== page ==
The "Princess" is Buttercup, a beautiful young girl who lives with her parents on a farm in the fictitious country of Florin, where old Lotharon and Bella are King and Queen. She falls in love with her family's "Farm Boy" named Westley, who also adores her. He then leaves to seek his fortune in America so they can marry, but she later receives word that his ship is attacked at sea by the Dread Pirate Roberts and assumes that Westley is dead. After several years, Buttercup agrees to marry the evil Prince Humperdinck, the heir to the throne of Florin. But before the wedding, Buttercup is kidnapped by a trio of outlaws, the Sicilian criminal genius Vizzini, the Spanish fencing master Inigo Montoya, and the giant Turkish wrestler Fezzik. However, a masked "Man in Black" follows them up the Cliffs of Insanity. In the ensuing battles, Inigo and Fezzik are defeated and Vizzini is killed. But why was Buttercup kidnapped in the first place? Who is this mysterious "Man in Black" and what are his plans? And will the Prince ever find Buttercup to marry her?
This fantasy novel, combining elements of comedy, adventure, romance, satire, and fairy tale, is said to be a spoof of swashbuckler movies. Author William Goldman is primarily a Hollywood screenwriter who is best known for Butch Cassidy and the Sundance Kid and All the President's Men. Several years ago, some friends of ours brought us the 1987 film by Rob Reiner that is based on the book, and except for one little scene through which they fast forwarded, I think because of the language, we enjoyed the movie, and I have always wanted to read the book. The plot of the novel is sometimes a little confusing with all the flashbacks, sub-plots, and Goldman's "commentary" asides. In this respect, the movie is perhaps a little easier to understand than the book because the former follows the action more directly. It would appear that Goldman is a much better screenwriter than he is a novelist. The Princess Bride is presented as Goldman's abridgment of an older version by "S. Morgenstern", which was originally supposed to be a satire of the excesses of European royalty but is in fact entirely Goldman's work. Both Morgenstern and the "original version" are fictional and used as a literary device. Goldman's personal life, as described in the introduction and commentary of the novel, is also fictional.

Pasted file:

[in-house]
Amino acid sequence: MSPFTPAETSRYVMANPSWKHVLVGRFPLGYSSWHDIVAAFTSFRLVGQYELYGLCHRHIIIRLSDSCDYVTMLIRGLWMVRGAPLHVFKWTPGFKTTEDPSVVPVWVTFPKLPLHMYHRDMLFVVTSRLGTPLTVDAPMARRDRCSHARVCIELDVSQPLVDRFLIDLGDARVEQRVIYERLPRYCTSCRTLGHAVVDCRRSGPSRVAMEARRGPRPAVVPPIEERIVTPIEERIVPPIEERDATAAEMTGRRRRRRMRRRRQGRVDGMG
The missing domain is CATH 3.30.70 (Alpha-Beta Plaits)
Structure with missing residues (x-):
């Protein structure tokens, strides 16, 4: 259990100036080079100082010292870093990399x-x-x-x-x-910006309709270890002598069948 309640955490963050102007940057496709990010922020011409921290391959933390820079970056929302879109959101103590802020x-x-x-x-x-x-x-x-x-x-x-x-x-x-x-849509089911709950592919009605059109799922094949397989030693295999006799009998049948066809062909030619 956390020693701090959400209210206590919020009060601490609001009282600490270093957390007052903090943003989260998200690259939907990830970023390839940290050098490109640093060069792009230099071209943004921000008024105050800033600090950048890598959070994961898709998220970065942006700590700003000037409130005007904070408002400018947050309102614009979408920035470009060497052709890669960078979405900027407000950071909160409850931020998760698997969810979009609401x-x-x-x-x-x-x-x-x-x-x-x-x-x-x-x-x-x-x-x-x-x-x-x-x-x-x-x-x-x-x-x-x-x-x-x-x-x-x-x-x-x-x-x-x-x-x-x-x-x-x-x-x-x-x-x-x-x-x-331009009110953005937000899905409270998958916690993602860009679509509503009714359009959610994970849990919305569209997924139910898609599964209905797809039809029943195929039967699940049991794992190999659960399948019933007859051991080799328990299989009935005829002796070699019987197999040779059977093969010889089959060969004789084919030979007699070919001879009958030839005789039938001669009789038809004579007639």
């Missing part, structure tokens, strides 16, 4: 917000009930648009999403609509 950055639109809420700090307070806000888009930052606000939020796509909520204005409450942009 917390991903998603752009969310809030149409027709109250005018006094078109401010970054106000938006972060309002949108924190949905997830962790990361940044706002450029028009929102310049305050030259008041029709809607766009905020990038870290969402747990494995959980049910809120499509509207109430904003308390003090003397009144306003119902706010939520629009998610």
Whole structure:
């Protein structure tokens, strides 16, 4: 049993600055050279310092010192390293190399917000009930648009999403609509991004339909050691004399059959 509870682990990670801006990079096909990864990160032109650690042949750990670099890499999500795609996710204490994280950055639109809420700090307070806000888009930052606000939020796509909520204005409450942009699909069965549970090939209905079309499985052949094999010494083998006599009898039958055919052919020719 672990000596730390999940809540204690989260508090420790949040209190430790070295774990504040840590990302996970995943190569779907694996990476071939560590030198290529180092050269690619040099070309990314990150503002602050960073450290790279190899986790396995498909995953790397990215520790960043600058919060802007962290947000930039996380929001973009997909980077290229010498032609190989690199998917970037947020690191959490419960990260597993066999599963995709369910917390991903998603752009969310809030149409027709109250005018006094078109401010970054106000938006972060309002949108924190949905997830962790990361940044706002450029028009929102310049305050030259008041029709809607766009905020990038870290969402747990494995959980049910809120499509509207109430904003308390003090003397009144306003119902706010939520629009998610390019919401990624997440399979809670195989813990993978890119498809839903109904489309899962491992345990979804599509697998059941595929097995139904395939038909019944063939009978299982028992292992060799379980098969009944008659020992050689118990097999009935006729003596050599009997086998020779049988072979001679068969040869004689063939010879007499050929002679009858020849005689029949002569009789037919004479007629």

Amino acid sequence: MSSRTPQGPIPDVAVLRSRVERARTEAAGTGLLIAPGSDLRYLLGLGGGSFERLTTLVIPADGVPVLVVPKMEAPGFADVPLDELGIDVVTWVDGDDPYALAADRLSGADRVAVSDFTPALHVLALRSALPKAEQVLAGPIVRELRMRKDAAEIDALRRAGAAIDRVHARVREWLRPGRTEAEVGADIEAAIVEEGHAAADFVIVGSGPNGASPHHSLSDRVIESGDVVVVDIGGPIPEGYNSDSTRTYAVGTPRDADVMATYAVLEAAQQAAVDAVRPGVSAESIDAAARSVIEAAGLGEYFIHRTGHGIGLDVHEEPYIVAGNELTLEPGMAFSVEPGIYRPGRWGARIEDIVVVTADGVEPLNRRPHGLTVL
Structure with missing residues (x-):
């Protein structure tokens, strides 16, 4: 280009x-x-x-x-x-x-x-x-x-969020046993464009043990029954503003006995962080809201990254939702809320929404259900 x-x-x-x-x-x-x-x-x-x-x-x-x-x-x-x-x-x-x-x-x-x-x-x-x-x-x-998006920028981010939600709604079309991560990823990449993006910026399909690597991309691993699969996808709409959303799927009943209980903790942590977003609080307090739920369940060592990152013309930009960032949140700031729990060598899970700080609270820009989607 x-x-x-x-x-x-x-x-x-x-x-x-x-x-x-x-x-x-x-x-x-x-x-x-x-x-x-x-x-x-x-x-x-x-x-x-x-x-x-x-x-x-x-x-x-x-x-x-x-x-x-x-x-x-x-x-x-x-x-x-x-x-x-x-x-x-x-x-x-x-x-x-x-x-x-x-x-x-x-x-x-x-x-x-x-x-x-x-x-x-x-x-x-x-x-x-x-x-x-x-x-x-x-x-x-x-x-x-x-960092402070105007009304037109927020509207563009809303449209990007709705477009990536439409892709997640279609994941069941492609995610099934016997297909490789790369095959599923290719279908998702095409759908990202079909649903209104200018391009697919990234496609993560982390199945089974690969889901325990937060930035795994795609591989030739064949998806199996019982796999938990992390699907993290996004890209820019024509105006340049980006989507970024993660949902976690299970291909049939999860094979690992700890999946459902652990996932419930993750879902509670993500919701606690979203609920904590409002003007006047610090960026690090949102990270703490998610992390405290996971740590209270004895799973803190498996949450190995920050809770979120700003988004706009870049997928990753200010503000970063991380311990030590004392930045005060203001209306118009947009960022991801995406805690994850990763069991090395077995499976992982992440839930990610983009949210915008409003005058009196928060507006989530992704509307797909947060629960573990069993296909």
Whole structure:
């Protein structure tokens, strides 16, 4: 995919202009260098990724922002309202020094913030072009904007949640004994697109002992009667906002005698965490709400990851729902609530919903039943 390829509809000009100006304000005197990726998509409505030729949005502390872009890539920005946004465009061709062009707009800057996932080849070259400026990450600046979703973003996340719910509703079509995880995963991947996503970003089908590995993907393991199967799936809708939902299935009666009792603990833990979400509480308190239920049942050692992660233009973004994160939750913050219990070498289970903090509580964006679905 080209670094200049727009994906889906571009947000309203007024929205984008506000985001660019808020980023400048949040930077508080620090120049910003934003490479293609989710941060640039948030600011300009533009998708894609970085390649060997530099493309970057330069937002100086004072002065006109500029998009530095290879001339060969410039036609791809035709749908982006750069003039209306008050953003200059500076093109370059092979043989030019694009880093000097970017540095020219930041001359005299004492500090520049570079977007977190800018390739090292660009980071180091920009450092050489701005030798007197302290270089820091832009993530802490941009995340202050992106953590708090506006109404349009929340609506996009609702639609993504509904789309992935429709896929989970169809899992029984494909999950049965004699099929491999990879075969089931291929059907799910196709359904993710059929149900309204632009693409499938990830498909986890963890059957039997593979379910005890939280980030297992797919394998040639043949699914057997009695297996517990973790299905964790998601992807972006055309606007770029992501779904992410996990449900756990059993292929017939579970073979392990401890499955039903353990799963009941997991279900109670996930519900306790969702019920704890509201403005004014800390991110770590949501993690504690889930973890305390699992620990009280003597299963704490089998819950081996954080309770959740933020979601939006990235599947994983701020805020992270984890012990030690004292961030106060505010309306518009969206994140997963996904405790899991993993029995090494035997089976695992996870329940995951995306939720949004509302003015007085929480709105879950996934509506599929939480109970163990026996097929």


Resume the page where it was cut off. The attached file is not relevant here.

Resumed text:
The basic theme of the book seems to be that "life isn't fair," and the narrative sometimes tends towards "absurdism," a form of literature which has never really interested me. There is a great deal of bad language in the book, more than I remember in the film, with cursing (the "h" and "d" words appear occasionally), profanity (the terms God and Jesus are frequently used as interjections), and assorted crudities (such as calling someone an a**hole and a "son of a b****, as well as even using the "s" word once-by a kid, no less). I guess that it doesn't surprise me that a modern Hollywood screenwriter would do this and somehow consider his work as "a traditional piece of children's literature." Uh, I'm sorry, but I cannot recommend the book for children. In addition to the language, there are scenes of heavy drinking and drunkenness, and at least a couple of threats of suicide. Children can read about how "life isn't fair" without all that baggage. The latest edition also contains the purported abridgement of the first chapter of the sequel, Buttercup's Baby. At the end are some "Questions and topics for discussion," but honestly, even though there is an interesting story hidden in there somewhere, I really don't see anything that is actually worth discussing.show more
by Wayne S. Walker